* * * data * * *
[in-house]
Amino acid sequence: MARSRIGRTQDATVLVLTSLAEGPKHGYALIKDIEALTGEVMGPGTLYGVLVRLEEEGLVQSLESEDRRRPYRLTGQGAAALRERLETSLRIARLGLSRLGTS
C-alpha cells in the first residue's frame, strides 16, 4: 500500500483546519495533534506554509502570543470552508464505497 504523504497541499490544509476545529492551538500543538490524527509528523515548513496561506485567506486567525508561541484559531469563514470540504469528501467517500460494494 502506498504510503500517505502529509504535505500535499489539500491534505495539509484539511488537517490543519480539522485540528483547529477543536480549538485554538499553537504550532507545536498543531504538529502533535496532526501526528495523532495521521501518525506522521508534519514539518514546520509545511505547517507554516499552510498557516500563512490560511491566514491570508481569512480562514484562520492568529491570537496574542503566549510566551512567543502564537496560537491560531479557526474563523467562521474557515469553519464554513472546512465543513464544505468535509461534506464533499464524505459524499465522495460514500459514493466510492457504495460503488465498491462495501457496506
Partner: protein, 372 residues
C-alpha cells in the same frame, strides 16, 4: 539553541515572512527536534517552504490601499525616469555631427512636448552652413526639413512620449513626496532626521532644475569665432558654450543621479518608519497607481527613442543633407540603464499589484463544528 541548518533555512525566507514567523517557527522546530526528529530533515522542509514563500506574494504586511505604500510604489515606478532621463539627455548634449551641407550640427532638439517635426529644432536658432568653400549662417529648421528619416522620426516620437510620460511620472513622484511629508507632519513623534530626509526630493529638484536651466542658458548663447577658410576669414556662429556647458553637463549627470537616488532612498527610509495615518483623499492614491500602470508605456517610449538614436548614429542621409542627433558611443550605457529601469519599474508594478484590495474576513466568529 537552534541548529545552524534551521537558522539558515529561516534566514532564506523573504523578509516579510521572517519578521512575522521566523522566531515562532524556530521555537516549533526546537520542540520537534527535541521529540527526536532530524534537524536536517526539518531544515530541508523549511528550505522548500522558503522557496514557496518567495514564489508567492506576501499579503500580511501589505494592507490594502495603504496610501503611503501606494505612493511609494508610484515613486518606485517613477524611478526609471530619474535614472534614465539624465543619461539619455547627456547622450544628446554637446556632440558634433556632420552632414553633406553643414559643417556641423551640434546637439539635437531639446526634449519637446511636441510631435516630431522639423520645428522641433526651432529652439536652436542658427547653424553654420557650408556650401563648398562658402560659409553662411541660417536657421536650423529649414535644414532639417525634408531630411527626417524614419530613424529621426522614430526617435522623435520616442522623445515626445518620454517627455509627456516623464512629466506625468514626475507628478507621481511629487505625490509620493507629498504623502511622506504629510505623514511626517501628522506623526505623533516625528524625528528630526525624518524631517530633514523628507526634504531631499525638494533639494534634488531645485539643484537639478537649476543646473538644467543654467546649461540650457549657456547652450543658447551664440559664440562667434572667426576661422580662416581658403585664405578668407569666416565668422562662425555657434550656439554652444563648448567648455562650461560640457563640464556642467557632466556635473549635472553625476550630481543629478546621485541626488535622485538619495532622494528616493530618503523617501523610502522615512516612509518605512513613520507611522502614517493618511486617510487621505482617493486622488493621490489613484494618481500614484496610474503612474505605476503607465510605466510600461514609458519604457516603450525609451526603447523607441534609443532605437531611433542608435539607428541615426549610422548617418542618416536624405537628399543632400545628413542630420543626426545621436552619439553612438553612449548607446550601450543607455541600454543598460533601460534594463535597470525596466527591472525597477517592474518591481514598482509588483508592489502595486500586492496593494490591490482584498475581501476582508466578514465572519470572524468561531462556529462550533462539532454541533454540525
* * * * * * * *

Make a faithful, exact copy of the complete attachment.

[in-house]
Amino acid sequence: MARSRIGRTQDATVLVLTSLAEGPKHGYALIKDIEALTGEVMGPGTLYGVLVRLEEEGLVQSLESEDRRRPYRLTGQGAAALRERLETSLRIARLGLSRLGTS
C-alpha cells in the first residue's frame, strides 16, 4: 500500500483546519495533534506554509502570543470552508464505497 504523504497541499490544509476545529492551538500543538490524527509528523515548513496561506485567506486567525508561541484559531469563514470540504469528501467517500460494494 502506498504510503500517505502529509504535505500535499489539500491534505495539509484539511488537517490543519480539522485540528483547529477543536480549538485554538499553537504550532507545536498543531504538529502533535496532526501526528495523532495521521501518525506522521508534519514539518514546520509545511505547517507554516499552510498557516500563512490560511491566514491570508481569512480562514484562520492568529491570537496574542503566549510566551512567543502564537496560537491560531479557526474563523467562521474557515469553519464554513472546512465543513464544505468535509461534506464533499464524505459524499465522495460514500459514493466510492457504495460503488465498491462495501457496506
Partner: protein, 372 residues
C-alpha cells in the same frame, strides 16, 4: 539553541515572512527536534517552504490601499525616469555631427512636448552652413526639413512620449513626496532626521532644475569665432558654450543621479518608519497607481527613442543633407540603464499589484463544528 541548518533555512525566507514567523517557527522546530526528529530533515522542509514563500506574494504586511505604500510604489515606478532621463539627455548634449551641407550640427532638439517635426529644432536658432568653400549662417529648421528619416522620426516620437510620460511620472513622484511629508507632519513623534530626509526630493529638484536651466542658458548663447577658410576669414556662429556647458553637463549627470537616488532612498527610509495615518483623499492614491500602470508605456517610449538614436548614429542621409542627433558611443550605457529601469519599474508594478484590495474576513466568529 537552534541548529545552524534551521537558522539558515529561516534566514532564506523573504523578509516579510521572517519578521512575522521566523522566531515562532524556530521555537516549533526546537520542540520537534527535541521529540527526536532530524534537524536536517526539518531544515530541508523549511528550505522548500522558503522557496514557496518567495514564489508567492506576501499579503500580511501589505494592507490594502495603504496610501503611503501606494505612493511609494508610484515613486518606485517613477524611478526609471530619474535614472534614465539624465543619461539619455547627456547622450544628446554637446556632440558634433556632420552632414553633406553643414559643417556641423551640434546637439539635437531639446526634449519637446511636441510631435516630431522639423520645428522641433526651432529652439536652436542658427547653424553654420557650408556650401563648398562658402560659409553662411541660417536657421536650423529649414535644414532639417525634408531630411527626417524614419530613424529621426522614430526617435522623435520616442522623445515626445518620454517627455509627456516623464512629466506625468514626475507628478507621481511629487505625490509620493507629498504623502511622506504629510505623514511626517501628522506623526505623533516625528524625528528630526525624518524631517530633514523628507526634504531631499525638494533639494534634488531645485539643484537639478537649476543646473538644467543654467546649461540650457549657456547652450543658447551664440559664440562667434572667426576661422580662416581658403585664405578668407569666416565668422562662425555657434550656439554652444563648448567648455562650461560640457563640464556642467557632466556635473549635472553625476550630481543629478546621485541626488535622485538619495532622494528616493530618503523617501523610502522615512516612509518605512513613520507611522502614517493618511486617510487621505482617493486622488493621490489613484494618481500614484496610474503612474505605476503607465510605466510600461514609458519604457516603450525609451526603447523607441534609443532605437531611433542608435539607428541615426549610422548617418542618416536624405537628399543632400545628413542630420543626426545621436552619439553612438553612449548607446550601450543607455541600454543598460533601460534594463535597470525596466527591472525597477517592474518591481514598482509588483508592489502595486500586492496593494490591490482584498475581501476582508466578514465572519470572524468561531462556529462550533462539532454541533454540525